One of the questions we get often when we begin working with clients is how much will the project cost. There are several ways to determine this, and like the design process, there are many elements involved; the earlier it is in the process, the more schematic the pricing will be. A dollar amount per square foot is one way to help establish a budget. For example, residential costs per square foot in the San Francisco Bay Area is typically $450 or more. If a client has a set amount of money they’d like to spend and a clear scope of work, the architect can prepare a preliminary drawing that can be used by a contractor to put what is called a “ballpark” estimate together.
A ballpark price is a preliminary estimate of construction cost. It is not a formal bid. A formal bid is a construction price that is used in the contract between the contractor and the owner. A contractor puts this ballpark estimate together early in the design process and it is typically considered to be within 20% of the final cost. Note it does not include what are known as the soft costs: design fees, engineering or permit fees. Note our related link: the GC’s service provided in this early period before construction is called “Pre-Construction”.
Design is a process: it starts with the very broad stroke concepts and problems, and, as decisions are made, information and detail is added. Before spending too much time on design, this preliminary estimate can be a tool that is used to determine the scope of work. There are often several elements to the scope that are removed or added depending on this budget. Owners are often surprised by how much their new house or addition costs and that is one of many reasons why its important to get your contractor involved early to assist with this process so that costs and expectations can be made predictable. Hart Wright Architects has effectively massaged designs based on early ballpark estimates.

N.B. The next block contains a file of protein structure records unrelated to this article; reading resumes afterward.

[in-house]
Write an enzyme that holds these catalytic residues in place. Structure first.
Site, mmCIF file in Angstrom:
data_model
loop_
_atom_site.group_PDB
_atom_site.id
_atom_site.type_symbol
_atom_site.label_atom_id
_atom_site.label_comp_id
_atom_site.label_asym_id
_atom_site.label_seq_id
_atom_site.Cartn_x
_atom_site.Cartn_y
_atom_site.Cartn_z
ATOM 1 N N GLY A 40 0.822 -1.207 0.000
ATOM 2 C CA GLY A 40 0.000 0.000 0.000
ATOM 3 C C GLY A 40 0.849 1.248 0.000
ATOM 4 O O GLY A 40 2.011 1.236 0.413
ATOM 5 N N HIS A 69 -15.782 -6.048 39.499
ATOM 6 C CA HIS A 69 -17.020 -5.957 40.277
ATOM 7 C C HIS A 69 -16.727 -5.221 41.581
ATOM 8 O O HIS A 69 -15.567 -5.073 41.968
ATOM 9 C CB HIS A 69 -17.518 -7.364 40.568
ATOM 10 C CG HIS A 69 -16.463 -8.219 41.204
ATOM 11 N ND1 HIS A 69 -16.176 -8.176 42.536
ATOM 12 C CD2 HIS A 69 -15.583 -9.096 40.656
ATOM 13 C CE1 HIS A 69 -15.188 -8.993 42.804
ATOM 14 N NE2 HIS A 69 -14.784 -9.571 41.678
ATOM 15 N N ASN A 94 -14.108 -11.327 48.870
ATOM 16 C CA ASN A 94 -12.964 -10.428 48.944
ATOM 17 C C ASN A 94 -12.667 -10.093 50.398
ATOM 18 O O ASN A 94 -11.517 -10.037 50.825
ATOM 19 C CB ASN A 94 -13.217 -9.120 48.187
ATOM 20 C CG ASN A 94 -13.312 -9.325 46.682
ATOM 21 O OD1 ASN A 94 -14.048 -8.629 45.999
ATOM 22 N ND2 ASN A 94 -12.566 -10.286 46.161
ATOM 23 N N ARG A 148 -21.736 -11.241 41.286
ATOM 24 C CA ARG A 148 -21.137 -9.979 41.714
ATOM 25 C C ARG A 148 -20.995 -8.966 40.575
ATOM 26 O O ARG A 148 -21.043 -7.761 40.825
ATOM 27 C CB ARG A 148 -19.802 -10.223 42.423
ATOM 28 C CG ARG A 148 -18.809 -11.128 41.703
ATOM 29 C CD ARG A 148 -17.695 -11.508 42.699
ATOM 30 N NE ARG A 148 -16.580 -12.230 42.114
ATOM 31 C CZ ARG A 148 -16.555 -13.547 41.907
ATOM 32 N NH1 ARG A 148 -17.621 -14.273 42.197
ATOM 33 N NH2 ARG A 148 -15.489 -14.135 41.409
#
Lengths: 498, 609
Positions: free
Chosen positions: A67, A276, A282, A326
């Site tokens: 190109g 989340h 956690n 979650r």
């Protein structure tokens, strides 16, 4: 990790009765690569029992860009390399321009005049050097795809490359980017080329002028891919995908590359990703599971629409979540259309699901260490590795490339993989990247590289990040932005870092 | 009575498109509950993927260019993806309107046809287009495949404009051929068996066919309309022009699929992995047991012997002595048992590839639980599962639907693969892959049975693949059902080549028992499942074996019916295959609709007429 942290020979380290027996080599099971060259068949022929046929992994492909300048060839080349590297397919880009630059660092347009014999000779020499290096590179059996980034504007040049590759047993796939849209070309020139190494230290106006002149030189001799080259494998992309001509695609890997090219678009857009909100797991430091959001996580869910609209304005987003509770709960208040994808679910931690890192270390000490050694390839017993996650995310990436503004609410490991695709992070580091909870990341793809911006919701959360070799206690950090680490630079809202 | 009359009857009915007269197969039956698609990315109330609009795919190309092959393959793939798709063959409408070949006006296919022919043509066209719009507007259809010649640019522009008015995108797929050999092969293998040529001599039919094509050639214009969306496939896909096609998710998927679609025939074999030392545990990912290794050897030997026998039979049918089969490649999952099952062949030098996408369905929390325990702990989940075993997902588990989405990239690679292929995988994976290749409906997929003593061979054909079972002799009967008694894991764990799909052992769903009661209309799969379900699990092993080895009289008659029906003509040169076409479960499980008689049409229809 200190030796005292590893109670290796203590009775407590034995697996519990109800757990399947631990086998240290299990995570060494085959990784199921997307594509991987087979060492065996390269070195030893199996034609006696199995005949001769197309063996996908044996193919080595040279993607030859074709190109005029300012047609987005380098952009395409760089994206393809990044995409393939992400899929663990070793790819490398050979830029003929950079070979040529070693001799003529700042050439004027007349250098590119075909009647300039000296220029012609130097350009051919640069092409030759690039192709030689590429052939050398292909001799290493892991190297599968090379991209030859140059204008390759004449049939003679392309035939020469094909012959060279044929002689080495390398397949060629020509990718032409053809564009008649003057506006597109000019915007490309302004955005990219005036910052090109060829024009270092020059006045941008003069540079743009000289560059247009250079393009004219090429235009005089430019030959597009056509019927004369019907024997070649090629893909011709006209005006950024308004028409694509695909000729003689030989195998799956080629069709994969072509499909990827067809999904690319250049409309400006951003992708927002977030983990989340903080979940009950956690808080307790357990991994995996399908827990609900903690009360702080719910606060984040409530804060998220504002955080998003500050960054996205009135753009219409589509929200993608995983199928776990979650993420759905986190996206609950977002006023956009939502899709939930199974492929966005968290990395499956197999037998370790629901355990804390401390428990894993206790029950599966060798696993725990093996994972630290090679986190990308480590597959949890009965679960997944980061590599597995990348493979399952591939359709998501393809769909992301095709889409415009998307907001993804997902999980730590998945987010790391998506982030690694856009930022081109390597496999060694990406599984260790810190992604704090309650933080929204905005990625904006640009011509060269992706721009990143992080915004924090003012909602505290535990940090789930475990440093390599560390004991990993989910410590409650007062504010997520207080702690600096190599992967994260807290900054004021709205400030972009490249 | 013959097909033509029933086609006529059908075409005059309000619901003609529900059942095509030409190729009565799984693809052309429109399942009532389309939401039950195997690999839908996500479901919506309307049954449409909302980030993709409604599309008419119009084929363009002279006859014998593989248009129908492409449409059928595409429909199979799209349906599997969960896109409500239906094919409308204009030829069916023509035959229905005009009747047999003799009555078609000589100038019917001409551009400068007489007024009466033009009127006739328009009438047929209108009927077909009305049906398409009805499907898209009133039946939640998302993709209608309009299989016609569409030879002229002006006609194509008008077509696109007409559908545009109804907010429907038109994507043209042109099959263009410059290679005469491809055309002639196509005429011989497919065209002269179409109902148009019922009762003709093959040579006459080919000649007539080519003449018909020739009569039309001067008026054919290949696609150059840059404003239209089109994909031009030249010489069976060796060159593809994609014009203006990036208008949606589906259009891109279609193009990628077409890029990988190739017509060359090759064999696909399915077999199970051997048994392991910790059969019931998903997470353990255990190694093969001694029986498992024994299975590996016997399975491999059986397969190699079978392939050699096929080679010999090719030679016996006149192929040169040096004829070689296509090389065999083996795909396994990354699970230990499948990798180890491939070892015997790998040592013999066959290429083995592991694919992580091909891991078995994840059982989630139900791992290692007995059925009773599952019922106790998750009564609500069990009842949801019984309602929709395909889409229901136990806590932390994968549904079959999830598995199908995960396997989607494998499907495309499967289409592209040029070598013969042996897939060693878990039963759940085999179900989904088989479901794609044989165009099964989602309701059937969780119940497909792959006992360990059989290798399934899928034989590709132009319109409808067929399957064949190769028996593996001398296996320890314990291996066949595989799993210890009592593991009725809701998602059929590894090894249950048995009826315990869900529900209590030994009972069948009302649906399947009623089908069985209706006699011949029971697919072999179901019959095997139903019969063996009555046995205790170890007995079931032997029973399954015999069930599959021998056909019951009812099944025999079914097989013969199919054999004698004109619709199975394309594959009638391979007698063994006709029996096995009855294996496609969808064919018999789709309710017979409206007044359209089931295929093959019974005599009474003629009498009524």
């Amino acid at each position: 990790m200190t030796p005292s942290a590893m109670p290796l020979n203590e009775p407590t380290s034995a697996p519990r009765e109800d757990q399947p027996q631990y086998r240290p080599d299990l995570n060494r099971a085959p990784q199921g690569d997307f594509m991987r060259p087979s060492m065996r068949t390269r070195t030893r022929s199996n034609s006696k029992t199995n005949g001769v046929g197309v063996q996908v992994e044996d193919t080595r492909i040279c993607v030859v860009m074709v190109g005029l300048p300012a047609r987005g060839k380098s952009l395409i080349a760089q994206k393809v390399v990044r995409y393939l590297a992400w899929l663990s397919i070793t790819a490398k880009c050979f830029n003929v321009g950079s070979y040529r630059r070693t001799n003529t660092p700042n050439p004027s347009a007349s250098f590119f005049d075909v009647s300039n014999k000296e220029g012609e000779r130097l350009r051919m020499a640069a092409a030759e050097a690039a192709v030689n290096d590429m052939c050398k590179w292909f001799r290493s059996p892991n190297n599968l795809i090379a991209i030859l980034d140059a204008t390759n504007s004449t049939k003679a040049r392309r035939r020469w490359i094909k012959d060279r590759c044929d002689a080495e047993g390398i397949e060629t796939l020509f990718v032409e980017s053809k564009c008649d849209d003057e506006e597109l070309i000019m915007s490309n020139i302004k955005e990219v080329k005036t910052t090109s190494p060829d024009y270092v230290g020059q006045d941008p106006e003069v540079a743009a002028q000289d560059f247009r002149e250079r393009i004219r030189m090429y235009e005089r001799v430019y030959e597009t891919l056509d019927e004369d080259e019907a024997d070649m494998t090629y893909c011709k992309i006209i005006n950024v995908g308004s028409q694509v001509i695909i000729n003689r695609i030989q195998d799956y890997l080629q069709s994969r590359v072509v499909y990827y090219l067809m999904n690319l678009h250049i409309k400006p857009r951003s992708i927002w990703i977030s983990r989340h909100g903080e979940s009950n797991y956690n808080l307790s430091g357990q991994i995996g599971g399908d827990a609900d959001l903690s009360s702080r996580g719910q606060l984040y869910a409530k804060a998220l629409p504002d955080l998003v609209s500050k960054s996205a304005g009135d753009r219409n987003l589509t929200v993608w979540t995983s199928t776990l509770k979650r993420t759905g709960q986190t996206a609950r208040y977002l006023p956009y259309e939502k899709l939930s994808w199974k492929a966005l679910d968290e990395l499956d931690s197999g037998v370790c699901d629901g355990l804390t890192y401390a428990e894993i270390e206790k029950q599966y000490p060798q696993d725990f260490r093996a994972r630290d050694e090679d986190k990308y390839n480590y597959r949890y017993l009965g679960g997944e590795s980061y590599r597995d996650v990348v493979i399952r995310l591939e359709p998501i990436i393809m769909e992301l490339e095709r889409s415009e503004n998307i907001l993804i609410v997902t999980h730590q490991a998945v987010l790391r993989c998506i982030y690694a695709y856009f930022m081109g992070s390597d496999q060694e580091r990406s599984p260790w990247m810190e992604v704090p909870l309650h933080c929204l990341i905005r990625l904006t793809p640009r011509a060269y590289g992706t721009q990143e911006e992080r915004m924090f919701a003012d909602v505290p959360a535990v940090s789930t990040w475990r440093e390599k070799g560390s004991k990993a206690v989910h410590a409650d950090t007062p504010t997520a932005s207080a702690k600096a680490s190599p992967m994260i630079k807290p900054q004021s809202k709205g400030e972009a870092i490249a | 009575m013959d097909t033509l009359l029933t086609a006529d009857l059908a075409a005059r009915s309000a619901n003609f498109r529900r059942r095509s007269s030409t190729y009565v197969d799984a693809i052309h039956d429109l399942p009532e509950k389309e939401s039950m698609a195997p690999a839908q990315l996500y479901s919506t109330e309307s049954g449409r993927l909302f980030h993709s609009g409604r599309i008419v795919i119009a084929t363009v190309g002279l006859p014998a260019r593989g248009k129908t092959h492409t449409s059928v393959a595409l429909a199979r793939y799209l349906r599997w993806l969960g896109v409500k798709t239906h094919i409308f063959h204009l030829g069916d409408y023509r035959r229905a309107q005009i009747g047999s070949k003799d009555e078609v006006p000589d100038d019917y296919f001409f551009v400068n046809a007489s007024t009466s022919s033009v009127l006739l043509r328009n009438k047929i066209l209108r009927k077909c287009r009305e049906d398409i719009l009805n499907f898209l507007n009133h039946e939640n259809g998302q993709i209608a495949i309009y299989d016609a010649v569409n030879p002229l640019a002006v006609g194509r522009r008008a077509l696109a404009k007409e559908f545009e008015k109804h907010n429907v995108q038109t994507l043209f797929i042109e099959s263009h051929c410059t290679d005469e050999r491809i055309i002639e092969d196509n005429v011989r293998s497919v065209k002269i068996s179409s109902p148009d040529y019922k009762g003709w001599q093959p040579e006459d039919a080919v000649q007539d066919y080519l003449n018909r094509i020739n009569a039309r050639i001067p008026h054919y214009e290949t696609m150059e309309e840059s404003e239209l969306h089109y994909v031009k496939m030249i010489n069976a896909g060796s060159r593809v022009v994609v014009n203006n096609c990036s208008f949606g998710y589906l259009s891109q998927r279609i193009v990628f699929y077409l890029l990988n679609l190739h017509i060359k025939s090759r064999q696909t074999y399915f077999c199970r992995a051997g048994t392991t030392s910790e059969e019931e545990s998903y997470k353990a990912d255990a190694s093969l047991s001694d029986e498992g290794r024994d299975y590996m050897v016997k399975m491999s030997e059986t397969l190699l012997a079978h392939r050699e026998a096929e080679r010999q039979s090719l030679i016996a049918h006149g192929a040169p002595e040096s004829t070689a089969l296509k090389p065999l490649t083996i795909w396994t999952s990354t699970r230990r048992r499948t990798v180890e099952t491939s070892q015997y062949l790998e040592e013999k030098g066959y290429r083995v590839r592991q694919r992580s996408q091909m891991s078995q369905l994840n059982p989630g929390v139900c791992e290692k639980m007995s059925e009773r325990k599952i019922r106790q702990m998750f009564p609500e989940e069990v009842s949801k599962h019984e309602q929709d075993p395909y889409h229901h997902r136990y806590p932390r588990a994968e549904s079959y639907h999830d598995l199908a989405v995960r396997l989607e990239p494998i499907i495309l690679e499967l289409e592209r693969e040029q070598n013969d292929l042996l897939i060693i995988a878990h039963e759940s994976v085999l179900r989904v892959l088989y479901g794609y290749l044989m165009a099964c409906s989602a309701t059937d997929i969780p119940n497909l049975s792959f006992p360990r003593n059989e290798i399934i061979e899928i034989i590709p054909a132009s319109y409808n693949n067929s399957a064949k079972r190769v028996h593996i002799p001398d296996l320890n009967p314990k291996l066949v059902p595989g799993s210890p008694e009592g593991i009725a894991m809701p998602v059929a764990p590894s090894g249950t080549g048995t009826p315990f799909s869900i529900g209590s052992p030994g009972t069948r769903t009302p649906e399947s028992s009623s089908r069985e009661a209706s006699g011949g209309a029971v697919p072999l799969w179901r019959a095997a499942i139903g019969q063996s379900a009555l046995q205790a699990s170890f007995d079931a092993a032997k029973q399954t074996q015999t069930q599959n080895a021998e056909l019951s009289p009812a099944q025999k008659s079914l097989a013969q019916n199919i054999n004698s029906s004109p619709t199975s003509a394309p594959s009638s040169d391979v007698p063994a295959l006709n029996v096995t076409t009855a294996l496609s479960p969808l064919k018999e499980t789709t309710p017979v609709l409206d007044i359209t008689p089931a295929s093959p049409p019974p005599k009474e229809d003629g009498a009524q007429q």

In addition to illustrating the potential price of a construction project, a preliminary budget is a part of the process of selecting a contractor, which is not based on the lowest estimate, but rather it is part of an interview exercise. If there are several rounds of work involving sub-contractors or material samples, the contractor will give the client a pre-construction agreement that is an hourly contract with a not to exceed a set number of hours, depending on project and client.
Because it is early in the process, the contractor does not have full information about the project. He or she uses past experience to determine an estimate. If the contractor and architect have worked together before, the contractor has a general idea of the level of finishes and detail the architect is likely to specify later in the process. These early numbers fall within a reasonable range of values. The format of the ballpark estimate itself varies. We’ve worked with several contractors each of whom spend different amounts of time and have different methodologies. Typically, the final product is a spreadsheet with a breakdown of construction industry standard categories. Some use a narrative format. They write out the scope of work as they understand it and list what they think is a price for the various elements of the scope. For example: bathroom remodel, new deck, driveway resurfacing, etc. This method is owner friendly in that it gives the owner a way to compare the components and assess their value and as a result, control the budget.